Sunday, July 29, 2012

Purple Sea Urchin tests, South NSW coast

One of the things I love doing is finding specimens and sighting wild creatures, then hopping online to learn about them. The shell of a sea urchin is called a test. When alive/fleshed they have an internal bony structure surrounding the mouth called a lantern or Aristotle's lantern.


These two are the biggest sea urchin tests I have ever found. They were also subject to the most intensive cleaning I have ever deigned to give a beach combing find. Of course when it's as special as these two it's worth it. Neither was found fully spined and both were still occupied but definitely dead. Their remaining spines were a deep purple and based on their size, and location are most likely Purple Sea Urchins.

I did a bit of research online into preserving them with spines (one was half covered) but that would have required pure alcohol.* I have only found isopropyl alcohol in 125ml bottles at Bunnings for almost $8. It would have taken at least two bottles to cover one of these urchins. Had either been fully spined I would have considered it worth it. This process would also have preserved the animal inside as well.

Instead I gutted them, removing the lantern and scraping out of the soft innards. After much rinsing out to remove remaining crud I soaked them in a weak bleach solution to help loosen the spines. I put one aside to dry out completely.  With the other I spent a couple of hours picking off any remaining external tissue and tried microwaving it to soften that up. It is quite gristley and near impossible to remove! This shrinks down into a shellac like substance when dried out, so I just let it dry out like my first one.


Photographed with a $2 coin (∅ 20.5mm) to give you an idea of size. As you can see the peristome (mouth) aperture is large. So big I could almost pop my digital camera's lens into it.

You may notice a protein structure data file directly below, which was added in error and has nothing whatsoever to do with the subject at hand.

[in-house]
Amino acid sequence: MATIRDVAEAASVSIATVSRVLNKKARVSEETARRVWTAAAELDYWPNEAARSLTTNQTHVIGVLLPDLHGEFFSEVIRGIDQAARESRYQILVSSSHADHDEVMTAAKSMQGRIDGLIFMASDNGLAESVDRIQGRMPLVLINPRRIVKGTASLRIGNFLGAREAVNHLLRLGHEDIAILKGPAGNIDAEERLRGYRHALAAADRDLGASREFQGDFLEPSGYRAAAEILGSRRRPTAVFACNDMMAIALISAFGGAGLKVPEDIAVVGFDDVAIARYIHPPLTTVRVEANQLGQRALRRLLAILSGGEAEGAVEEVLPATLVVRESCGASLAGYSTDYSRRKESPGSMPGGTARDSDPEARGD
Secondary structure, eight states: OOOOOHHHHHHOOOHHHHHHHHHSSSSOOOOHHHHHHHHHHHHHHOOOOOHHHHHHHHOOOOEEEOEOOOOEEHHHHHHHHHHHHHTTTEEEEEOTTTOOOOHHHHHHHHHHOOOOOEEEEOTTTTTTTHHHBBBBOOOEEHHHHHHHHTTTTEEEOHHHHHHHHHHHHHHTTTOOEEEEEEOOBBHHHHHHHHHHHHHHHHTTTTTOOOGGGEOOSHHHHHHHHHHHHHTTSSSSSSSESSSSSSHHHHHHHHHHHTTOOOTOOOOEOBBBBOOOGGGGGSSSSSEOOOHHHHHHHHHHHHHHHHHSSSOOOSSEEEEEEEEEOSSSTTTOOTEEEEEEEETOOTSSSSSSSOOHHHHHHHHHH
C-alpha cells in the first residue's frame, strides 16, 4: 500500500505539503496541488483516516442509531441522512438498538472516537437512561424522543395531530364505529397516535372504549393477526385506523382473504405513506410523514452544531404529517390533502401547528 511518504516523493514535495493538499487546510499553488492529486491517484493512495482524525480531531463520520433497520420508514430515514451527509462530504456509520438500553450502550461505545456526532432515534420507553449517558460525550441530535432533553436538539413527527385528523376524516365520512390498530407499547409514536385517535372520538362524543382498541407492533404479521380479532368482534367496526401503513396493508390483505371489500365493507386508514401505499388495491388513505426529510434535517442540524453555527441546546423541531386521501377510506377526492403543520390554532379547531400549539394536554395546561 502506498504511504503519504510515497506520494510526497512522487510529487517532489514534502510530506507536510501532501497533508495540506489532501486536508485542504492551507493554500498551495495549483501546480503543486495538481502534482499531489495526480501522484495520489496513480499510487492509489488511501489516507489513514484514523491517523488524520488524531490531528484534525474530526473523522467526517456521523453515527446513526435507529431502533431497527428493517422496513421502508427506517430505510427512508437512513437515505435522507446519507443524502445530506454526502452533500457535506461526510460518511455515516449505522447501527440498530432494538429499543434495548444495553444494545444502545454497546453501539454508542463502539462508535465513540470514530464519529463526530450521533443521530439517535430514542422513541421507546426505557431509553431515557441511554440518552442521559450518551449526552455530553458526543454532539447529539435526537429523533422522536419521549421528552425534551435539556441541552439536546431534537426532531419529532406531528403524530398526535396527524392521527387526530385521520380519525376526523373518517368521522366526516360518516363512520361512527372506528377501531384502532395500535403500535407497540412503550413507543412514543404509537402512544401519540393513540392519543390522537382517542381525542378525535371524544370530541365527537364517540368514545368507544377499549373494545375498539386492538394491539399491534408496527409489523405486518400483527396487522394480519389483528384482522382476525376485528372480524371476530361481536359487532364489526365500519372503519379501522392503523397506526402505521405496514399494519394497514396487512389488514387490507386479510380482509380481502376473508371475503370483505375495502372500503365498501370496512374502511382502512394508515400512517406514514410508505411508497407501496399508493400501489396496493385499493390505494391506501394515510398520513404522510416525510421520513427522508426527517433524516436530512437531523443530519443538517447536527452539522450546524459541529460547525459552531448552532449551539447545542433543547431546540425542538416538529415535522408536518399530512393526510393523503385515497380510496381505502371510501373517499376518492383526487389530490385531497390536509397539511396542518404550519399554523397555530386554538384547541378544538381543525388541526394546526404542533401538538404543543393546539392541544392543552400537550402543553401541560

The periproct as viewed through the peristome . Yup that's the prettiest periproct I have ever seen - and the only one I have photographed I hasten to add.

A pickled sea urchin doesn't know its peristome from it's periproct!

*edit 01/08/2012
Gah! My initial research threw me a red herring with the 70% isopropyl because I assumed what was good for preserving starfish would have been good for sea urchins as well. Right after tracking down some 40% isopropyl in a 500ml bottle @ $4.50 I hop online...Further in depth research has uncovered that it is ethanol or pure grain alcohol that is best for preserving specimens in general. Quality articles on the subject confirm this. This is what the linked to site in this post about preserving sea urchins refers to. Common as muck methylated spirits (95% ethanol) diluted with distilled water to 70-80% purity would have done the job. Professionals use an industrial methylated spirits (99.9%) but you need a licence to get it.

I am finding that 40% solution rather excellent for cleaing my laptop, mobile phone, remotes and a range of other devices. So it's not a total waste of time.

Sunday, July 15, 2012

Goodness, gracious great balls of...

At Broulee Beach, NSW. 6-8 year old girl to her possibly Islander Dad about something she has beach combed.
"Dad, look - it's like a super ball."
"Might be poo."
*pause* *thud of small object*
*man laughing*
"Nah it couldn't be a poo because it's too hard."

Thursday, July 05, 2012

Victorian Iron Man

If Iron Man's Tony Stark lived in the Victorian period he might have looked something like this:

Original image from Cassell's Family Magazine, 1886, page 576

The light source was powered by a similar sized battery, just to add to that likeness. Accompanying text:

'A very neat portable hand electric lamp has been introduced for use in mines, gunpowder works, and other inflammable places, besides being adapted for use as a railway or carriage reading-lamp ... the box, B which is of varnished teak, and has a flat, flexible leather handle ... The size of the box is 6 by 5 by 4 inches, and the weight of the whole is only 6lbs ... can be put under the seat of the carriage, or in the hat-racks, while the lamp is held in the hand, or fixed to the button-hole of the coat.'

The rest of the text discusses the chemistry behind the batteries suitable for such a device which I won't go into.

Robert Downey Jnr as Mr Stark wired up to a car battery: